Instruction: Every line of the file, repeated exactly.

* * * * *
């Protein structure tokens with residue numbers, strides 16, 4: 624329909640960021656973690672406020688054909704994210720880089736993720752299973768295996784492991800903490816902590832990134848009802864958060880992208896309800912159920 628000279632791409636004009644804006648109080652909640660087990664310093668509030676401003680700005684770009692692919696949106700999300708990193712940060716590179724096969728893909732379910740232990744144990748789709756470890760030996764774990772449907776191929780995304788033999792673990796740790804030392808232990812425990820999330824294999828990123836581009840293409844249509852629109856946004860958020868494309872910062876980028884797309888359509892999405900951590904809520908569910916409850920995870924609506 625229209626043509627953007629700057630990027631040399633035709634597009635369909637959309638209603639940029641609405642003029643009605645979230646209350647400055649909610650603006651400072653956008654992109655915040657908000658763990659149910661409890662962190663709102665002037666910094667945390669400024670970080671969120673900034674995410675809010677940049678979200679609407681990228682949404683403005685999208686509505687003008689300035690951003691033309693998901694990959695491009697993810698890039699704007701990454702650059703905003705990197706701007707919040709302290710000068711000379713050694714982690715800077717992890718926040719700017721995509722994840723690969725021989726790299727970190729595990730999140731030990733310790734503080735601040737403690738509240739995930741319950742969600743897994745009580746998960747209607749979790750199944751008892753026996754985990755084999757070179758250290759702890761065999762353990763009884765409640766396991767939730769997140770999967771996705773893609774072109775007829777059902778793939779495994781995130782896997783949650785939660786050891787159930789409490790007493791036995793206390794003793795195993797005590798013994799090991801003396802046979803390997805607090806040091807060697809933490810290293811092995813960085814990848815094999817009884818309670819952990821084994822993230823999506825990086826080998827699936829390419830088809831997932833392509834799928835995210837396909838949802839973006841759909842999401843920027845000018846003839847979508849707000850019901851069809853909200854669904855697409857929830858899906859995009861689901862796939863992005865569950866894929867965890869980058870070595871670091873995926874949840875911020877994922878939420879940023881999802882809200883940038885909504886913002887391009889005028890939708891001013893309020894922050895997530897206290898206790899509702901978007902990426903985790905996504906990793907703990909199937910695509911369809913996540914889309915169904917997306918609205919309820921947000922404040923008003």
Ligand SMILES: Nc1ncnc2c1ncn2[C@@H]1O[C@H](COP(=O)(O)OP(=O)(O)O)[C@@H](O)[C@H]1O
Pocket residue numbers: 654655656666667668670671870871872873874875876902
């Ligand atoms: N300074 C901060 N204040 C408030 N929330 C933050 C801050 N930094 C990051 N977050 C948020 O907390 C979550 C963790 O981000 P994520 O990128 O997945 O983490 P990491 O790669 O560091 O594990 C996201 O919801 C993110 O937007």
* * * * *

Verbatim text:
């Protein structure tokens with residue numbers, strides 16, 4: 624329909640960021656973690672406020688054909704994210720880089736993720752299973768295996784492991800903490816902590832990134848009802864958060880992208896309800912159920 628000279632791409636004009644804006648109080652909640660087990664310093668509030676401003680700005684770009692692919696949106700999300708990193712940060716590179724096969728893909732379910740232990744144990748789709756470890760030996764774990772449907776191929780995304788033999792673990796740790804030392808232990812425990820999330824294999828990123836581009840293409844249509852629109856946004860958020868494309872910062876980028884797309888359509892999405900951590904809520908569910916409850920995870924609506 625229209626043509627953007629700057630990027631040399633035709634597009635369909637959309638209603639940029641609405642003029643009605645979230646209350647400055649909610650603006651400072653956008654992109655915040657908000658763990659149910661409890662962190663709102665002037666910094667945390669400024670970080671969120673900034674995410675809010677940049678979200679609407681990228682949404683403005685999208686509505687003008689300035690951003691033309693998901694990959695491009697993810698890039699704007701990454702650059703905003705990197706701007707919040709302290710000068711000379713050694714982690715800077717992890718926040719700017721995509722994840723690969725021989726790299727970190729595990730999140731030990733310790734503080735601040737403690738509240739995930741319950742969600743897994745009580746998960747209607749979790750199944751008892753026996754985990755084999757070179758250290759702890761065999762353990763009884765409640766396991767939730769997140770999967771996705773893609774072109775007829777059902778793939779495994781995130782896997783949650785939660786050891787159930789409490790007493791036995793206390794003793795195993797005590798013994799090991801003396802046979803390997805607090806040091807060697809933490810290293811092995813960085814990848815094999817009884818309670819952990821084994822993230823999506825990086826080998827699936829390419830088809831997932833392509834799928835995210837396909838949802839973006841759909842999401843920027845000018846003839847979508849707000850019901851069809853909200854669904855697409857929830858899906859995009861689901862796939863992005865569950866894929867965890869980058870070595871670091873995926874949840875911020877994922878939420879940023881999802882809200883940038885909504886913002887391009889005028890939708891001013893309020894922050895997530897206290898206790899509702901978007902990426903985790905996504906990793907703990909199937910695509911369809913996540914889309915169904917997306918609205919309820921947000922404040923008003």
Ligand SMILES: Nc1ncnc2c1ncn2[C@@H]1O[C@H](COP(=O)(O)OP(=O)(O)O)[C@@H](O)[C@H]1O
Pocket residue numbers: 654655656666667668670671870871872873874875876902
């Ligand atoms: N300074 C901060 N204040 C408030 N929330 C933050 C801050 N930094 C990051 N977050 C948020 O907390 C979550 C963790 O981000 P994520 O990128 O997945 O983490 P990491 O790669 O560091 O594990 C996201 O919801 C993110 O937007």